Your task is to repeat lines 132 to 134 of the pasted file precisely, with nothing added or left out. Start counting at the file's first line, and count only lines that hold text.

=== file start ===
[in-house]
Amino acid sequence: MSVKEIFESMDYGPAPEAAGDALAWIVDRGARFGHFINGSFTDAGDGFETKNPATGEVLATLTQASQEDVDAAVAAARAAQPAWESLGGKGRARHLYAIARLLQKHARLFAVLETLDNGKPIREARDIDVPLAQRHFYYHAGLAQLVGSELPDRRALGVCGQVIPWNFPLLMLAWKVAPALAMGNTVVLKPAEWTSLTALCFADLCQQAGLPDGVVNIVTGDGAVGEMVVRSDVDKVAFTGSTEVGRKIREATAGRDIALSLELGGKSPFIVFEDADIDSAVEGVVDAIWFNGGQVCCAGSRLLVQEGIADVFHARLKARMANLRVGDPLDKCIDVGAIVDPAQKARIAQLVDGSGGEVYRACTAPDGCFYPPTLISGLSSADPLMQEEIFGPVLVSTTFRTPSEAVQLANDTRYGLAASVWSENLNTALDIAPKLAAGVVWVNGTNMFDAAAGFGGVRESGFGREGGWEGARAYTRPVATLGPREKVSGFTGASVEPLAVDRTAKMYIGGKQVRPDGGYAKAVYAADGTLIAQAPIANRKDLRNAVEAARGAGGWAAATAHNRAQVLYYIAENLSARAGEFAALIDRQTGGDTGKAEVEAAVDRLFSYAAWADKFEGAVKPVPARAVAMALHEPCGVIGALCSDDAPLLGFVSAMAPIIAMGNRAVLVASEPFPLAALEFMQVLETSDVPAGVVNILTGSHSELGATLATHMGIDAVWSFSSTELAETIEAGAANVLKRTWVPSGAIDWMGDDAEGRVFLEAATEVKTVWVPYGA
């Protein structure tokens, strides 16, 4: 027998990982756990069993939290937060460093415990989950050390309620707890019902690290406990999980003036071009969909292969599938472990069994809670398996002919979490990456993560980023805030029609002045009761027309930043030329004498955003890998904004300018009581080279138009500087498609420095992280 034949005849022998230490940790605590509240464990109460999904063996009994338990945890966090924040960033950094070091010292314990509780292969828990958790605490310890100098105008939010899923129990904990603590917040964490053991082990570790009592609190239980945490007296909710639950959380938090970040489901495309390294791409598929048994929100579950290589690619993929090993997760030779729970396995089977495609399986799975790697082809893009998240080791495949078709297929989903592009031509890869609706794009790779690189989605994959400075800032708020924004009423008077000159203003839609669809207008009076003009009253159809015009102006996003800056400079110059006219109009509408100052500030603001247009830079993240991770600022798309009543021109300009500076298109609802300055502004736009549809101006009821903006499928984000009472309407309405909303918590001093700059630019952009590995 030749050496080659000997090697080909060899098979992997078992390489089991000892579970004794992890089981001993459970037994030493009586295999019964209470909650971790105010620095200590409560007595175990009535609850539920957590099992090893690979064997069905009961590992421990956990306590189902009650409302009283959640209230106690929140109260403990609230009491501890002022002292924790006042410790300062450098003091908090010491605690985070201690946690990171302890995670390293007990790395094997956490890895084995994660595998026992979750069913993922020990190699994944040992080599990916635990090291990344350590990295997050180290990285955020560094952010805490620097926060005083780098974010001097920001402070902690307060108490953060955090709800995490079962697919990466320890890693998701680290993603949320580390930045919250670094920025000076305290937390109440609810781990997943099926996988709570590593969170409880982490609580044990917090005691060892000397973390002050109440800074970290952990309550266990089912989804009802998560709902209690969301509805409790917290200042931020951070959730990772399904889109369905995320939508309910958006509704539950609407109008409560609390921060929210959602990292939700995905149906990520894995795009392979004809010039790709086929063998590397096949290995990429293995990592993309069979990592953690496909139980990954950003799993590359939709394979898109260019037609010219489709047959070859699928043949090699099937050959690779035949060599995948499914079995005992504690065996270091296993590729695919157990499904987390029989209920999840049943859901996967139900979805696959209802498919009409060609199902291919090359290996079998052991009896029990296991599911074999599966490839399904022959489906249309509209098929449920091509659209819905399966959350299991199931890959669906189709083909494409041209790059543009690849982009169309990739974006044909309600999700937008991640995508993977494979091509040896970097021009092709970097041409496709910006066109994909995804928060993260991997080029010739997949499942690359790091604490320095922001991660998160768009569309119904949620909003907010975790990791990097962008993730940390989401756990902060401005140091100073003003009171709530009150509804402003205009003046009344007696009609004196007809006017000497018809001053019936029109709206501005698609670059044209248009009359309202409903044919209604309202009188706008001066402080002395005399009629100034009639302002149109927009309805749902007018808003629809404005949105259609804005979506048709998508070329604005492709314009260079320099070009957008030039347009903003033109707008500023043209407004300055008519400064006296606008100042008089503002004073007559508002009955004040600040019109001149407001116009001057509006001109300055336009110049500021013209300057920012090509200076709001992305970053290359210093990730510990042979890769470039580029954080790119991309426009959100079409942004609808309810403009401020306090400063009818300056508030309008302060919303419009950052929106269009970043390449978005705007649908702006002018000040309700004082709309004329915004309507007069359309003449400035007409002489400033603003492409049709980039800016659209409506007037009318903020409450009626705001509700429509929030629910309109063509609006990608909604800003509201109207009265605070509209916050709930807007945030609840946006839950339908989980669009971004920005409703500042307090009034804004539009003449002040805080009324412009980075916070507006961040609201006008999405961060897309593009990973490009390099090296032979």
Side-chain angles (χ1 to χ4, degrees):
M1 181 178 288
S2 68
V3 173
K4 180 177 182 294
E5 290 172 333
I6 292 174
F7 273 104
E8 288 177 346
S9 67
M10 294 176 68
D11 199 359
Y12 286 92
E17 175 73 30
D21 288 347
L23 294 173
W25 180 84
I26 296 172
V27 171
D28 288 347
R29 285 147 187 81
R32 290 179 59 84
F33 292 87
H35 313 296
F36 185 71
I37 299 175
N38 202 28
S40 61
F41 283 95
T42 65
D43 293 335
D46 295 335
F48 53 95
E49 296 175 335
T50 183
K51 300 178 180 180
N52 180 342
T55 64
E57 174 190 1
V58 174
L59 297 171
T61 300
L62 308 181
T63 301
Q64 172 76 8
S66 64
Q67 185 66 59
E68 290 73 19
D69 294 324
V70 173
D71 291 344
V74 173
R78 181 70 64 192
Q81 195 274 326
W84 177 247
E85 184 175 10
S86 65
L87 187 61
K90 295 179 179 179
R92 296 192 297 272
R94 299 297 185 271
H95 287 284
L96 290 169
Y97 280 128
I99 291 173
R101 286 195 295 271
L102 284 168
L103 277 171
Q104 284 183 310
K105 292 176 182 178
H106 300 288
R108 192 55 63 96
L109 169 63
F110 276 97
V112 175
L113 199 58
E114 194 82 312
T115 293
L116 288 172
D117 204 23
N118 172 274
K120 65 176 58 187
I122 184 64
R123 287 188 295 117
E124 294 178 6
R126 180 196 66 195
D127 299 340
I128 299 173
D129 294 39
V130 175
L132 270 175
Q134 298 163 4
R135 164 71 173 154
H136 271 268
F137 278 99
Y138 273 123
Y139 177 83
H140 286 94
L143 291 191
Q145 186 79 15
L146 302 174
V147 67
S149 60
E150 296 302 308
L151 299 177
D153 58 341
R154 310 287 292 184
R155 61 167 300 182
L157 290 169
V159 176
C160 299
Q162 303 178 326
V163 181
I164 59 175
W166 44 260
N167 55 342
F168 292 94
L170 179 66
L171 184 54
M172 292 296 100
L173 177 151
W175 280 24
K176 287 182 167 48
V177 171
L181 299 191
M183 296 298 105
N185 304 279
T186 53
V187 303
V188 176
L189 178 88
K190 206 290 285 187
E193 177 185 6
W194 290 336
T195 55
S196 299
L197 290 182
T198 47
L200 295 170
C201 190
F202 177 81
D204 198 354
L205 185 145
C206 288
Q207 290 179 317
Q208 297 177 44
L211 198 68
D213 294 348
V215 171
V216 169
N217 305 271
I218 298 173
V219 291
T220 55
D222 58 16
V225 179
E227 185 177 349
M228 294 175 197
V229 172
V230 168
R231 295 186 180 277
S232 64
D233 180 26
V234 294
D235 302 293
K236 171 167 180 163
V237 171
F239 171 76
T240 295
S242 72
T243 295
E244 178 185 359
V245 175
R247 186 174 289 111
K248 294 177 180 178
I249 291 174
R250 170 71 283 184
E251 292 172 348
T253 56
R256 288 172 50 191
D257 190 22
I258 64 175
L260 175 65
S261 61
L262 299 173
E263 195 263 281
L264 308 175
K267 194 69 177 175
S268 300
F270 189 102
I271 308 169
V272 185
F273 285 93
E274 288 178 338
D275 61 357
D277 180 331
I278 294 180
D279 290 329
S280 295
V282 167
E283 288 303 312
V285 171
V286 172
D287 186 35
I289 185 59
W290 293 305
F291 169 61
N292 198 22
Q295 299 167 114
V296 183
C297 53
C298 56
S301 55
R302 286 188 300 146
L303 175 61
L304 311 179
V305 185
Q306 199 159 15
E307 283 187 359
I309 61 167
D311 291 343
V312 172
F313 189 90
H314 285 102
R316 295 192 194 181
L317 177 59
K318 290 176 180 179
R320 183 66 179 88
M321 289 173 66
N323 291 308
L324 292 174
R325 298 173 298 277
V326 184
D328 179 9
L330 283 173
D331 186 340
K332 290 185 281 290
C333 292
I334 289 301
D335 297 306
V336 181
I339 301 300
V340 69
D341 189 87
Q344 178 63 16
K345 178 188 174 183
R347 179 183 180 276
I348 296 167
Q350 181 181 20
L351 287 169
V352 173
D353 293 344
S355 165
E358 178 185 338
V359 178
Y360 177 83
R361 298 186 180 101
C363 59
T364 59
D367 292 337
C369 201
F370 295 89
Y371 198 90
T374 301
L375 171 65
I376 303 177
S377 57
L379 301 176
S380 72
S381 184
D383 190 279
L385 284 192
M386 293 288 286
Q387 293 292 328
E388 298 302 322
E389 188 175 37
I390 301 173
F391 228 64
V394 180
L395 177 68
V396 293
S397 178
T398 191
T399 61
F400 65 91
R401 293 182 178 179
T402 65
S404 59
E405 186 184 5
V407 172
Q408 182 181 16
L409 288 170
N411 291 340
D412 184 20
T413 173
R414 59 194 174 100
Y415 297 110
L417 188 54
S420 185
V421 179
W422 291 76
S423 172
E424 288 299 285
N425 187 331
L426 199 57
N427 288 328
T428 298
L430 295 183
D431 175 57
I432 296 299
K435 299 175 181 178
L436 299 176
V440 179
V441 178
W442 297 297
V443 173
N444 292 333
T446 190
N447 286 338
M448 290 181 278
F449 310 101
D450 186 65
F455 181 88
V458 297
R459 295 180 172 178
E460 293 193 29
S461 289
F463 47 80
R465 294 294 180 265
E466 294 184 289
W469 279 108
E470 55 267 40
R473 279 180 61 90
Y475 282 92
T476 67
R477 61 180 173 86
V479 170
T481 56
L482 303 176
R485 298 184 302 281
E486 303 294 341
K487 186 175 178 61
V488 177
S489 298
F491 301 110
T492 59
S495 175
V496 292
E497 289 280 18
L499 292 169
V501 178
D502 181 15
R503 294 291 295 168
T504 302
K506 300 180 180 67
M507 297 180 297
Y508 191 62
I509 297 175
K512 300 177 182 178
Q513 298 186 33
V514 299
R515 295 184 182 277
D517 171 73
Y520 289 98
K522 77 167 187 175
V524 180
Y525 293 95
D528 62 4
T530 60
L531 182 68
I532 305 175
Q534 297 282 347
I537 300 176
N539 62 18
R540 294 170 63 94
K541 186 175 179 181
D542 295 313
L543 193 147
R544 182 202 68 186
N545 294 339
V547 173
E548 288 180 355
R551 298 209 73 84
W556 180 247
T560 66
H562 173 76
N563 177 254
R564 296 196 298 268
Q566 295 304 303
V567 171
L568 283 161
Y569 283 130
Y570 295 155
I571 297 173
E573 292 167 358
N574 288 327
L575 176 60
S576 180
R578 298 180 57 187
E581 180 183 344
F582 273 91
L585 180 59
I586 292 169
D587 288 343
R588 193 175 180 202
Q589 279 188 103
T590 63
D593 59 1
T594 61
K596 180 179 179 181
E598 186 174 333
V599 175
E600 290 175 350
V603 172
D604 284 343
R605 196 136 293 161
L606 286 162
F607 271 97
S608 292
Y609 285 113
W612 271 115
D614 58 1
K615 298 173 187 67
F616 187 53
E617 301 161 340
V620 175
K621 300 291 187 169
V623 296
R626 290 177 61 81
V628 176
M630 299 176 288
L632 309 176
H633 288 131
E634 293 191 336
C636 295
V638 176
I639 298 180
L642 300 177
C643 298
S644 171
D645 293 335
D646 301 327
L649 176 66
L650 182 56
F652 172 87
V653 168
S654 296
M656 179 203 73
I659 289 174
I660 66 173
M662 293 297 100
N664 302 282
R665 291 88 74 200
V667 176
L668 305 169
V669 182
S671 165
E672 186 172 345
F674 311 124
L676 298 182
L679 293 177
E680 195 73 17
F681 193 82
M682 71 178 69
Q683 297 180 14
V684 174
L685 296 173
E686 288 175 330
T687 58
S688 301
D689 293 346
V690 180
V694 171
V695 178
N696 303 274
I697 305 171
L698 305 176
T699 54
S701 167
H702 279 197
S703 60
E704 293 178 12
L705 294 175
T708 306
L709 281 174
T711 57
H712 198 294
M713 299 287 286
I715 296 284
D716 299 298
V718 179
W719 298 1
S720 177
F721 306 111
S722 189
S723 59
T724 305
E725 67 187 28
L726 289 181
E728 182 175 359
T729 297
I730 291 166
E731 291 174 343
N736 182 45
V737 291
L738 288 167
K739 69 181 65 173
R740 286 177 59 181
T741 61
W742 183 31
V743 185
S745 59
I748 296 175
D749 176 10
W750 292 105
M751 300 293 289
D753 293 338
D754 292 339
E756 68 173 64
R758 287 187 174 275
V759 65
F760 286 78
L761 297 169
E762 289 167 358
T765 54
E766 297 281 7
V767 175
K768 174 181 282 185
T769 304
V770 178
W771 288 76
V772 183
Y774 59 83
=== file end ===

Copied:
V187 303
V188 176
L189 178 88